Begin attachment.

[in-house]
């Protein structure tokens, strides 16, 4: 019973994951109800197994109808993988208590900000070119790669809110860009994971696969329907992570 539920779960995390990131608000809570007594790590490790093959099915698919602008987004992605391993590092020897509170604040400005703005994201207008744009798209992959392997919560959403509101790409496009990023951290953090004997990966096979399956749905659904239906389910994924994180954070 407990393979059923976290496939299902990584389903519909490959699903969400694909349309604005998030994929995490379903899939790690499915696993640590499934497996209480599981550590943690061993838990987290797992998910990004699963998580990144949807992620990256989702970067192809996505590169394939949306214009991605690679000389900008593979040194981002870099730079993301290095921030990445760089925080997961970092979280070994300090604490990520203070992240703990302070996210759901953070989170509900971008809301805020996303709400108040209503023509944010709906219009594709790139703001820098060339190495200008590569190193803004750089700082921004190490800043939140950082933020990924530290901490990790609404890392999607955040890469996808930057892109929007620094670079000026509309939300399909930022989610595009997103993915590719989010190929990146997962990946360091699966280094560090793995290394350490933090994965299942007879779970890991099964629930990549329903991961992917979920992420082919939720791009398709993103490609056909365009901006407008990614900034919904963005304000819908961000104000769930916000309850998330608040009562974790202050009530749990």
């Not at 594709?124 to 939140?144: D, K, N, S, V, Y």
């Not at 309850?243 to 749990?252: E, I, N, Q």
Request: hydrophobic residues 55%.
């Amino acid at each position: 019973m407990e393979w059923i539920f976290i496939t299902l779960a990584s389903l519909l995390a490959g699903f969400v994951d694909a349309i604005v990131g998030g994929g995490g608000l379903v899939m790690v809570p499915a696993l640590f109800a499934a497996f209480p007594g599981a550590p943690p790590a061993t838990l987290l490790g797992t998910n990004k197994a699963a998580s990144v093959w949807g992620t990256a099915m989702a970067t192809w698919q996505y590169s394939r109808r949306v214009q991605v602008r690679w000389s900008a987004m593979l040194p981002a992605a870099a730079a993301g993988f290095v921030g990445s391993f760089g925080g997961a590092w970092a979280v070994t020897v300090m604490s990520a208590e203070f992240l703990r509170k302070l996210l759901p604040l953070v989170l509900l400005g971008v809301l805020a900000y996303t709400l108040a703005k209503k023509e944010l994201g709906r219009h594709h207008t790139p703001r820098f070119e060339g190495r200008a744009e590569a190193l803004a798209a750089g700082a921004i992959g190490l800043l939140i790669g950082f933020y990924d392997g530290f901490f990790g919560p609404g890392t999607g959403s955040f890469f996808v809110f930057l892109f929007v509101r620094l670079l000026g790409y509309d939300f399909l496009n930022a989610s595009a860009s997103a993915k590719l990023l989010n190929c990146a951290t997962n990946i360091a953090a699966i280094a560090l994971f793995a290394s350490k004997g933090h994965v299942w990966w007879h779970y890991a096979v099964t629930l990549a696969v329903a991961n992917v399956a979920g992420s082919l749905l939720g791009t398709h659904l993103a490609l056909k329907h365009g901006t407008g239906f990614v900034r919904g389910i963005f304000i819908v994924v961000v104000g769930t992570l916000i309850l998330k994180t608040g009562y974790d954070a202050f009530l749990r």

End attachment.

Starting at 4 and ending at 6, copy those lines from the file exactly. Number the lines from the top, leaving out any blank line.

């Not at 309850?243 to 749990?252: E, I, N, Q």
Request: hydrophobic residues 55%.
């Amino acid at each position: 019973m407990e393979w059923i539920f976290i496939t299902l779960a990584s389903l519909l995390a490959g699903f969400v994951d694909a349309i604005v990131g998030g994929g995490g608000l379903v899939m790690v809570p499915a696993l640590f109800a499934a497996f209480p007594g599981a550590p943690p790590a061993t838990l987290l490790g797992t998910n990004k197994a699963a998580s990144v093959w949807g992620t990256a099915m989702a970067t192809w698919q996505y590169s394939r109808r949306v214009q991605v602008r690679w000389s900008a987004m593979l040194p981002a992605a870099a730079a993301g993988f290095v921030g990445s391993f760089g925080g997961a590092w970092a979280v070994t020897v300090m604490s990520a208590e203070f992240l703990r509170k302070l996210l759901p604040l953070v989170l509900l400005g971008v809301l805020a900000y996303t709400l108040a703005k209503k023509e944010l994201g709906r219009h594709h207008t790139p703001r820098f070119e060339g190495r200008a744009e590569a190193l803004a798209a750089g700082a921004i992959g190490l800043l939140i790669g950082f933020y990924d392997g530290f901490f990790g919560p609404g890392t999607g959403s955040f890469f996808v809110f930057l892109f929007v509101r620094l670079l000026g790409y509309d939300f399909l496009n930022a989610s595009a860009s997103a993915k590719l990023l989010n190929c990146a951290t997962n990946i360091a953090a699966i280094a560090l994971f793995a290394s350490k004997g933090h994965v299942w990966w007879h779970y890991a096979v099964t629930l990549a696969v329903a991961n992917v399956a979920g992420s082919l749905l939720g791009t398709h659904l993103a490609l056909k329907h365009g901006t407008g239906f990614v900034r919904g389910i963005f304000i819908v994924v961000v104000g769930t992570l916000i309850l998330k994180t608040g009562y974790d954070a202050f009530l749990r």